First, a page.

Finally, when Dorothy had begun to tire with chasing after him, Toto sat down panting beside the shaggy man and gave up.
Dorothy sat down, too, very thoughtful. The little girl had encountered some queer adventures since she came to live at the farm; but this was the queerest of them all. To get lost in fifteen minutes, so near to her home and in the unromantic State of Kansas, was an experience that fairly bewildered her.
"Will your folks worry?" asked the shaggy man, his eyes twinkling in a pleasant way.
"I s'pose so," answered Dorothy with a sigh. "Uncle Henry says there's ALWAYS something happening to me; but I've always come home safe at the last. So perhaps he'll take comfort and think I'll come home safe this time."
"I'm sure you will," said the shaggy man, smilingly nodding at her. "Good little girls never come to any harm, you know. For my part, I'm good, too; so nothing ever hurts me."
Dorothy looked at him curiously. His clothes were shaggy, his boots were shaggy and full of holes, and his hair and whiskers were shaggy. But his smile was sweet and his eyes were kind.
"Why didn't you want to go to Butterfield?" she asked.
"Because a man lives there who owes me fifteen cents, and if I went to Butterfield and he saw me he'd want to pay me the money. I don't want money, my dear."
"Why not?" she inquired.
"Money," declared the shaggy man, "makes people proud and haughty. I don't want to be proud and haughty. All I want is to have people love me; and as long as I own the Love Magnet, everyone I meet is sure to love me dearly."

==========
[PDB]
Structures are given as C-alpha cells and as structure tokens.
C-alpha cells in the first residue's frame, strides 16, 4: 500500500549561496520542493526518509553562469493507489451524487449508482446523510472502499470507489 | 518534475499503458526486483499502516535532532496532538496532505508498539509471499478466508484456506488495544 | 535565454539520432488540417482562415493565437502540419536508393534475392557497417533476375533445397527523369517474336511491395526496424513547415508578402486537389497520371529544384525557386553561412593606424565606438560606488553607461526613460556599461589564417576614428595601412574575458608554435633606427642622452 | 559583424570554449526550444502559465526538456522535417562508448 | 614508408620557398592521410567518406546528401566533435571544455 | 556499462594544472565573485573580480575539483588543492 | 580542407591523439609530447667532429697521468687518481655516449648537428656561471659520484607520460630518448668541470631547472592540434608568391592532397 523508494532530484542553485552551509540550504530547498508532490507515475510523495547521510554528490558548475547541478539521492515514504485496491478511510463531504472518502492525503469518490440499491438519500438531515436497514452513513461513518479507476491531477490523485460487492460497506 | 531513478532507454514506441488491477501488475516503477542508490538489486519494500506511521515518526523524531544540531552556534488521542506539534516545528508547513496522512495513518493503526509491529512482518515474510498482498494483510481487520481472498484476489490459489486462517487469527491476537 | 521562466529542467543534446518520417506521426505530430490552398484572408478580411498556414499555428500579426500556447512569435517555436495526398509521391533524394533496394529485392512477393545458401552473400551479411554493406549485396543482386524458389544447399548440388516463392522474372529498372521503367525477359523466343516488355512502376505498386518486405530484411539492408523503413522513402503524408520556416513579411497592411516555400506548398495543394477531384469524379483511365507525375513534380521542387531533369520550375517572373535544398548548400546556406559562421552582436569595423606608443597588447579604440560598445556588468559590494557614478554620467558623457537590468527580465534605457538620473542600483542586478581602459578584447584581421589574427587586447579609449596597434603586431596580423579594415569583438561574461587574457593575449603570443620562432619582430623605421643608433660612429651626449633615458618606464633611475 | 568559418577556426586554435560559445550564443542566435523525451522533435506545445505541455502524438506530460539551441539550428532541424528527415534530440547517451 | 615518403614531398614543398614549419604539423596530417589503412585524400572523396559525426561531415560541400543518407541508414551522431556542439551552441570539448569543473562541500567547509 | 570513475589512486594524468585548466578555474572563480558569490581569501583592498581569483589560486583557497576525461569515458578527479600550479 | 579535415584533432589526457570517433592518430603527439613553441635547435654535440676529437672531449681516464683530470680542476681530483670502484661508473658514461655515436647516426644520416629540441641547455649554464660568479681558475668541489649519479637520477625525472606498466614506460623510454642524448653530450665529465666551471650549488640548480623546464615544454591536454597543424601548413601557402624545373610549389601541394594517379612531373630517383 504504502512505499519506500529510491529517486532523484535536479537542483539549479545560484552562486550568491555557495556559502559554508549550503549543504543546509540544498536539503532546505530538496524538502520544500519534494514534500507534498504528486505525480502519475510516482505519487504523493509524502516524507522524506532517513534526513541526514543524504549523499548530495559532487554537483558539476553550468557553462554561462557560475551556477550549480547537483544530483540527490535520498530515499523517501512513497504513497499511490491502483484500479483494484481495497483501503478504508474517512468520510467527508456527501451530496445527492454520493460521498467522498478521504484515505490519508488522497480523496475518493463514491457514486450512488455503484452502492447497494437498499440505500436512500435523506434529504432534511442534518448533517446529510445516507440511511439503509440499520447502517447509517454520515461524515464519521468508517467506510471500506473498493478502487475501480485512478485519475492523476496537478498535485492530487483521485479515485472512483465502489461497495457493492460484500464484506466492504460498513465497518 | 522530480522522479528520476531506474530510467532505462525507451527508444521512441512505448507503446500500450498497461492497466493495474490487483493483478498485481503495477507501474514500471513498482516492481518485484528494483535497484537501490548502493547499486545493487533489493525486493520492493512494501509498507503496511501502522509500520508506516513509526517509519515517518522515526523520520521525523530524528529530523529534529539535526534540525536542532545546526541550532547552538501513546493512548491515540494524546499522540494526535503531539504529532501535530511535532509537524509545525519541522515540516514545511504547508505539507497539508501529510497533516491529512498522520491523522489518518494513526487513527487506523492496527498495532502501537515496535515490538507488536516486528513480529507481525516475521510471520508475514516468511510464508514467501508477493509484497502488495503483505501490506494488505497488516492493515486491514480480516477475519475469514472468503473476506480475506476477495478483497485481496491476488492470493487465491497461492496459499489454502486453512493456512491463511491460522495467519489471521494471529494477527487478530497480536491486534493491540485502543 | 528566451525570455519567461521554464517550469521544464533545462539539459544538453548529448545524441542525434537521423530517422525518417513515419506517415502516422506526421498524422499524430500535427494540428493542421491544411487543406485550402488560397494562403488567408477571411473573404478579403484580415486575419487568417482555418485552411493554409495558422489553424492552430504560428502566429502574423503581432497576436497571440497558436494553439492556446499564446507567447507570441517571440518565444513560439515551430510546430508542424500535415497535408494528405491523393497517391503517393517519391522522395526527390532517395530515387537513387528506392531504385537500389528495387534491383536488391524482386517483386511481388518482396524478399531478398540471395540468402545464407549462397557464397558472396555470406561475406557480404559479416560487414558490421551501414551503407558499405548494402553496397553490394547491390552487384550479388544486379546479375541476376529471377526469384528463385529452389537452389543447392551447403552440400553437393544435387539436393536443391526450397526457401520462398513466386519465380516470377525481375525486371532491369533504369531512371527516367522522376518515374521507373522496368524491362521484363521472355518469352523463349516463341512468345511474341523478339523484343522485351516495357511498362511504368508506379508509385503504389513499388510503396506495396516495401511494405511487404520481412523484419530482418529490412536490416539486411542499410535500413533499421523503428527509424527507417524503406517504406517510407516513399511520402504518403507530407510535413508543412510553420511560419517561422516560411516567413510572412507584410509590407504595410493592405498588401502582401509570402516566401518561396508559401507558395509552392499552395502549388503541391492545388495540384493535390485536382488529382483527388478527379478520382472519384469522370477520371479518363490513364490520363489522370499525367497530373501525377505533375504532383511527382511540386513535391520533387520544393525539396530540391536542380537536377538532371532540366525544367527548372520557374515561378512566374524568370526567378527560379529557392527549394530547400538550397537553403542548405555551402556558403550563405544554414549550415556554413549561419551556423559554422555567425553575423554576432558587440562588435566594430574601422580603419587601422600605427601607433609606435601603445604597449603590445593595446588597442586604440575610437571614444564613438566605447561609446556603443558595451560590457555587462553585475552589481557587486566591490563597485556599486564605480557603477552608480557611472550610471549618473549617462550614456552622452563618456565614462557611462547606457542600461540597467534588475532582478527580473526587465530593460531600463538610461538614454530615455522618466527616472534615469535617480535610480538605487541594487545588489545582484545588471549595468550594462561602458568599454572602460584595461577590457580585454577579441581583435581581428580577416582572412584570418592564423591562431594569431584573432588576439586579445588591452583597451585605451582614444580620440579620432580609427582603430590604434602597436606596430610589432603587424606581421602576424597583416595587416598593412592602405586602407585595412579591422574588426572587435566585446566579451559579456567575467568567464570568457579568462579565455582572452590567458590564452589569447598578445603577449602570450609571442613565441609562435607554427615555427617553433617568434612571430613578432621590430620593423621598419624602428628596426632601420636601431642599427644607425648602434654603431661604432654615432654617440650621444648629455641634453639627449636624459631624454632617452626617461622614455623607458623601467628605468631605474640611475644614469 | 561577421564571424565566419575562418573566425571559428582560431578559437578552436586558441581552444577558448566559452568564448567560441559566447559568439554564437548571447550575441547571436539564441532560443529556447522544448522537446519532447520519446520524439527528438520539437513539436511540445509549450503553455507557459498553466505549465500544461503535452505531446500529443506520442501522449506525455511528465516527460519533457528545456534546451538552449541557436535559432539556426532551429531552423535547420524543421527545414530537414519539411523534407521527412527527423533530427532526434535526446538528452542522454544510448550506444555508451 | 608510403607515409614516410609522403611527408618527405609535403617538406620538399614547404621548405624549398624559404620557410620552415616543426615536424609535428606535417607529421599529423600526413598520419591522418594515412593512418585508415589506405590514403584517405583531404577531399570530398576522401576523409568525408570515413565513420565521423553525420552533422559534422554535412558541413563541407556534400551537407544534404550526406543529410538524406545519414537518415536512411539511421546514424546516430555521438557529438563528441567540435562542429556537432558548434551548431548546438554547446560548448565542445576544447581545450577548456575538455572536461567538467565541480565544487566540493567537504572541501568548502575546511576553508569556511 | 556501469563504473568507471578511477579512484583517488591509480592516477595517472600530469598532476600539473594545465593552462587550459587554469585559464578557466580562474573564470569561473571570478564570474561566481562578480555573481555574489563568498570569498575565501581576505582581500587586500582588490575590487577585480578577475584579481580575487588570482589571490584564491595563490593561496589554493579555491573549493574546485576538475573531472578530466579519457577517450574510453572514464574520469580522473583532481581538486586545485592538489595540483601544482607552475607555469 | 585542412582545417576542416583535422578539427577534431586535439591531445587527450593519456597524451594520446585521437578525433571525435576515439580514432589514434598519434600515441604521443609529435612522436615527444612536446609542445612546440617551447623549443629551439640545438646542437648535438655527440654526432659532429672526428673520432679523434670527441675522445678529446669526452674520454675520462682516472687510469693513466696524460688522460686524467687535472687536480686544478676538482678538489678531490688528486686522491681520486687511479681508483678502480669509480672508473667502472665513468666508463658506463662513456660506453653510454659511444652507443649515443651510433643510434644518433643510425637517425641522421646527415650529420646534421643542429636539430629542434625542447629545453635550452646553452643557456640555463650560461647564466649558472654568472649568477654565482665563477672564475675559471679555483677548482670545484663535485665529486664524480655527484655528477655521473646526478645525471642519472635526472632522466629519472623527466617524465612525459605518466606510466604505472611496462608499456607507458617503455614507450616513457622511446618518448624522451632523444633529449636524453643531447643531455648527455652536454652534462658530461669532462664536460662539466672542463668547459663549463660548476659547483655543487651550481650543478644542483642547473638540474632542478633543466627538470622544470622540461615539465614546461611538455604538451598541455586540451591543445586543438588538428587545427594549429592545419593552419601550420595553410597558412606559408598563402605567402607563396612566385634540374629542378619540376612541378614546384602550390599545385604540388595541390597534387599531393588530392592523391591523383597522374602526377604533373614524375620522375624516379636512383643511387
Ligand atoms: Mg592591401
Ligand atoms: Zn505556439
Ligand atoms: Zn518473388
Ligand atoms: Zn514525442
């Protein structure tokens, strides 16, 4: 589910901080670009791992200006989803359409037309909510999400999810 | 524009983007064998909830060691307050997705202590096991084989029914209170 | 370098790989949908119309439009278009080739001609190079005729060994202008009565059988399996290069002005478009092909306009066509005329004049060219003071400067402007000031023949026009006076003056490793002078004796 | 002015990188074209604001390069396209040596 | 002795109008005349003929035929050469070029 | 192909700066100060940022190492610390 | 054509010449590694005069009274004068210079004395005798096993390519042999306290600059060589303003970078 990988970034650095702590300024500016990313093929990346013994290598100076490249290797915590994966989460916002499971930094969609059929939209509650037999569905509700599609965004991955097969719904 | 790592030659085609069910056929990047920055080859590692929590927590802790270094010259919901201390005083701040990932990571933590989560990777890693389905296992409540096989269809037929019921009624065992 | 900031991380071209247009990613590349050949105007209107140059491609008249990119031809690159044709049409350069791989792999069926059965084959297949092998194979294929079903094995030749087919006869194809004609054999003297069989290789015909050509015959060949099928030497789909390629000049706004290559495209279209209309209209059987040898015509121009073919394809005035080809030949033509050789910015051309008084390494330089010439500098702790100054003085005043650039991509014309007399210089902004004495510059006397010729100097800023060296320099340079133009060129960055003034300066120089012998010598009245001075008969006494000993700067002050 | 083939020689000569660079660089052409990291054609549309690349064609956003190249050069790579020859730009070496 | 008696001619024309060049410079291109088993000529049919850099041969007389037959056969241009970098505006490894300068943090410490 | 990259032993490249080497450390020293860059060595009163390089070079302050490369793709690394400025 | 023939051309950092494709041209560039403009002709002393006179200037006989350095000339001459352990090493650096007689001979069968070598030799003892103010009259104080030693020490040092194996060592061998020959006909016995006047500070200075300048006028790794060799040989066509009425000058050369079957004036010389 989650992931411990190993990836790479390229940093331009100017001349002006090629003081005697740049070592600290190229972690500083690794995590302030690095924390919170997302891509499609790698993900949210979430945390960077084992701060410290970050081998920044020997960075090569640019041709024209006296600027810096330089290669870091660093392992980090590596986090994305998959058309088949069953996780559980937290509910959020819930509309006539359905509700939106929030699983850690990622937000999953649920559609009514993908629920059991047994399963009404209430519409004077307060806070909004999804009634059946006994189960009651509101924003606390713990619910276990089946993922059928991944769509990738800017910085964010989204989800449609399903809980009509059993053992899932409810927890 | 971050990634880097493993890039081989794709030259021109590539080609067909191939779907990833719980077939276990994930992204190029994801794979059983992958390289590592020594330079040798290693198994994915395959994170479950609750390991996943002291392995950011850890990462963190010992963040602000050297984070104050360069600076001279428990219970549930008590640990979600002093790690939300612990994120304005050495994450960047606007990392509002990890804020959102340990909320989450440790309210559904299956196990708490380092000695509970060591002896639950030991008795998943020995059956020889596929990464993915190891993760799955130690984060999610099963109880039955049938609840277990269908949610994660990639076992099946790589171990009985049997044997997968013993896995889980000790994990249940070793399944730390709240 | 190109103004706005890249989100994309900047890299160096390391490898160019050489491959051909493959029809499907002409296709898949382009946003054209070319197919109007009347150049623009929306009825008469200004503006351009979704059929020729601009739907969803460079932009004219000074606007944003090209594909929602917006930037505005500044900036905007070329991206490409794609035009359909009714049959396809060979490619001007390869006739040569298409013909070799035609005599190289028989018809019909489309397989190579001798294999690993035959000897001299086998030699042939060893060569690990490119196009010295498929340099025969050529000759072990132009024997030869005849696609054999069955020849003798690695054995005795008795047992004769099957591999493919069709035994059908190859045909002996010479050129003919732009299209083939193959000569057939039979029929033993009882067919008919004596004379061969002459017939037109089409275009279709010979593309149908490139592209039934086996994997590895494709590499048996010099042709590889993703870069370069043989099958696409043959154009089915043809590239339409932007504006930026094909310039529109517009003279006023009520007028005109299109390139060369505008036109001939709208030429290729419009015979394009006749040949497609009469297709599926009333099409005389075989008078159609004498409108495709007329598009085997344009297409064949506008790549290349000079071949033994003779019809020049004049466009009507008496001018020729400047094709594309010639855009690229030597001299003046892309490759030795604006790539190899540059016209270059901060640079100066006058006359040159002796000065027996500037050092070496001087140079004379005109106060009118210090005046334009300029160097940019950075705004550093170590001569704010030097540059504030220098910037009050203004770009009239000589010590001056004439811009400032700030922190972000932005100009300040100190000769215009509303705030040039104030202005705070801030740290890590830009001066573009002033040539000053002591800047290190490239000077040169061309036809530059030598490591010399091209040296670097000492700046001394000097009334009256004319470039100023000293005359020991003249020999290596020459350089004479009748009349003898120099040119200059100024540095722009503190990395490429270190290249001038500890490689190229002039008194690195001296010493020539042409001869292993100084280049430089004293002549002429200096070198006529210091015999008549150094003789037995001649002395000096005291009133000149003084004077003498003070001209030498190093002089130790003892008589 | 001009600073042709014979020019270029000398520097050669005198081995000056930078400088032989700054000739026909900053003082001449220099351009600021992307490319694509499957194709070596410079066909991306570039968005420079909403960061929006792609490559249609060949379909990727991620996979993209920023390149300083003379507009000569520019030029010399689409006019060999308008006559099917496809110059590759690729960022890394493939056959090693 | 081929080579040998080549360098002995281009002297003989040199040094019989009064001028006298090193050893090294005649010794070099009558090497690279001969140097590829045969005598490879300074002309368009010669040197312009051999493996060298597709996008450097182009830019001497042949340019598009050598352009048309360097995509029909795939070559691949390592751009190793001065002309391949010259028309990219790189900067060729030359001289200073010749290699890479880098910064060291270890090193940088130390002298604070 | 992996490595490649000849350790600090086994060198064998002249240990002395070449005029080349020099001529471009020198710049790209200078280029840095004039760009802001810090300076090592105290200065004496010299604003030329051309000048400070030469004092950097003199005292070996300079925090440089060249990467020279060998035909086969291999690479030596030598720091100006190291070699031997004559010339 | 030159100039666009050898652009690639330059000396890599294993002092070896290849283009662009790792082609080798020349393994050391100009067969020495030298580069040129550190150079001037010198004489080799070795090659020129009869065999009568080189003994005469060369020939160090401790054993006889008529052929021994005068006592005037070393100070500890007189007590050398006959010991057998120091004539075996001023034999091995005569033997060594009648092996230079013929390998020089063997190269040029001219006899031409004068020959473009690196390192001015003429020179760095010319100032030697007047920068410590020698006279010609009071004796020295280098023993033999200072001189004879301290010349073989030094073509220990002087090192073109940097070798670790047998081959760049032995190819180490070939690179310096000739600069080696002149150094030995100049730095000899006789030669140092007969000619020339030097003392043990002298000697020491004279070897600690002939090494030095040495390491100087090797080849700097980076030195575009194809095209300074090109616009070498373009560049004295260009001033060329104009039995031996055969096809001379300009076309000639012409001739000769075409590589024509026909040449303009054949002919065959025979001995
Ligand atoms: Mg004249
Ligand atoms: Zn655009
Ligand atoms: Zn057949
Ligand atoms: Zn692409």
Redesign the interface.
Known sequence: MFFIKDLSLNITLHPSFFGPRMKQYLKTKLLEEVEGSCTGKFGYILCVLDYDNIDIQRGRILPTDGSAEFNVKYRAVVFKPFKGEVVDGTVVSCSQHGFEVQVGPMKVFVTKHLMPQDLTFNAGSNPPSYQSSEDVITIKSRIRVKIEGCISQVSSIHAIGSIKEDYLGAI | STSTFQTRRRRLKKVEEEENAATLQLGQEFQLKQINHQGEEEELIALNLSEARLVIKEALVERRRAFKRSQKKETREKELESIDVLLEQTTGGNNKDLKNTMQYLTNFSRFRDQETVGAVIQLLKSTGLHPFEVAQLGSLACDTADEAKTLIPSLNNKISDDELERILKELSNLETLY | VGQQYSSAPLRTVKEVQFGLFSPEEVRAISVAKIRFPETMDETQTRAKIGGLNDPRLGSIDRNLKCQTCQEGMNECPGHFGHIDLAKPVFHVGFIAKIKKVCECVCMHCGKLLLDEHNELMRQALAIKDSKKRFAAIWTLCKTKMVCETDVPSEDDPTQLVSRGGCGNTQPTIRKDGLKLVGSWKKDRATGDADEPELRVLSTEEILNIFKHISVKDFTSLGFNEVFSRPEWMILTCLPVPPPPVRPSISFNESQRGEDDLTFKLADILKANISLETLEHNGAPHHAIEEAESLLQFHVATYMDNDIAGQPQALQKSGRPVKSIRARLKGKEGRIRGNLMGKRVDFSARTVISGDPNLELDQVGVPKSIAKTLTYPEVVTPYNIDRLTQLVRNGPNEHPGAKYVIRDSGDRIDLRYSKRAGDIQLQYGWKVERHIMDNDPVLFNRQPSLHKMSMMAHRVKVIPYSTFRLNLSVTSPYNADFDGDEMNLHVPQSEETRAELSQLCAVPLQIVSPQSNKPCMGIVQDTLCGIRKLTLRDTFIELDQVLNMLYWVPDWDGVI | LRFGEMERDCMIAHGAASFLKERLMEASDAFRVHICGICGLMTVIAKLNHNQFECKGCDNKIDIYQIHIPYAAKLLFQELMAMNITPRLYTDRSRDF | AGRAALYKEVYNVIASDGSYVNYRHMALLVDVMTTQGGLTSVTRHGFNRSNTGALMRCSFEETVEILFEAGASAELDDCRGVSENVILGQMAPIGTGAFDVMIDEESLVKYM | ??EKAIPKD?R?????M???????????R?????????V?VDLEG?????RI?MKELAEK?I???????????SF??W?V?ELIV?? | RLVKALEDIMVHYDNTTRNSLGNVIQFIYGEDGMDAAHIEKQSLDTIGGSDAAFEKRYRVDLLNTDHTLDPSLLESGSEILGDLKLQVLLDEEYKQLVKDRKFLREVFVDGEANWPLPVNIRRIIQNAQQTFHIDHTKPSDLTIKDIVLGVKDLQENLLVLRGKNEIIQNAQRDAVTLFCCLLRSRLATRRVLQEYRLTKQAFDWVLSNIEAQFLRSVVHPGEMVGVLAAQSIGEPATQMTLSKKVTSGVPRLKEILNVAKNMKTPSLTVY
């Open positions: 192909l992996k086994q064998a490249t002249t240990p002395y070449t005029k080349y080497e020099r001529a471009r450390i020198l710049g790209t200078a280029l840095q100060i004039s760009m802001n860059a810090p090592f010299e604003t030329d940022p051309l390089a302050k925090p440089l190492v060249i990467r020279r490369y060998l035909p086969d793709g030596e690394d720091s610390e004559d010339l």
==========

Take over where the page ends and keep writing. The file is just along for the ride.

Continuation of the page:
"The Love Magnet! Why, what's that?"
"I'll show you, if you won't tell any one," he answered, in a low, mysterious voice.
"There isn't any one to tell, 'cept Toto," said the girl.
The shaggy man searched in one pocket, carefully; and in another pocket; and in a third. At last he drew out a small parcel wrapped in crumpled paper and tied with a cotton string. He unwound the string, opened the parcel, and took out a bit of metal shaped like a horseshoe. It was dull and brown, and not very pretty.
"This, my dear," said he, impressively, "is the wonderful Love Magnet. It was given me by an Eskimo in the Sandwich Islands--where there are no sandwiches at all--and as long as I carry it every living thing I meet will love me dearly."
"Why didn't the Eskimo keep it?" she asked, looking at the Magnet with interest.
"He got tired of being loved and longed for some one to hate him. So he gave me the Magnet and the very next day a grizzly bear ate him."
"Wasn't he sorry then?" she inquired.
"He didn't say," replied the shaggy man, wrapping and tying the Love Magnet with great care and putting it away in another pocket. "But the bear didn't seem sorry a bit," he added.
"Did you know the bear?" asked Dorothy.
"Yes; we used to play ball together in the Caviar Islands. The bear loved me because I had the Love Magnet. I couldn't blame him for eating the Eskimo, because it was his nature to do so."
"Once," said Dorothy, "I knew a Hungry Tiger who longed to eat fat babies, because it was his nature to; but he never ate any because he had a Conscience."
"This bear," replied the shaggy man, with a sigh, "had no Conscience, you see."
The shaggy man sat silent for several minutes, apparently considering the cases of the bear and the tiger, while Toto watched him with an air of great interest. The little dog was doubtless thinking of his ride in the shaggy man's pocket and planning to keep out of reach in the future.
At last the shaggy man turned and inquired, "What's your name, little girl?"
"My name's Dorothy," said she, jumping up again, "but what are we going to do? We can't stay here forever, you know."
"Let's take the seventh road," he suggested. "Seven is a lucky number for little girls named Dorothy."
"The seventh from where?"
"From where you begin to count."
So she counted seven roads, and the seventh looked just like all the others; but the shaggy man got up from the ground where he had been sitting and started down this road as if sure it was the best way to go; and Dorothy and Toto followed him.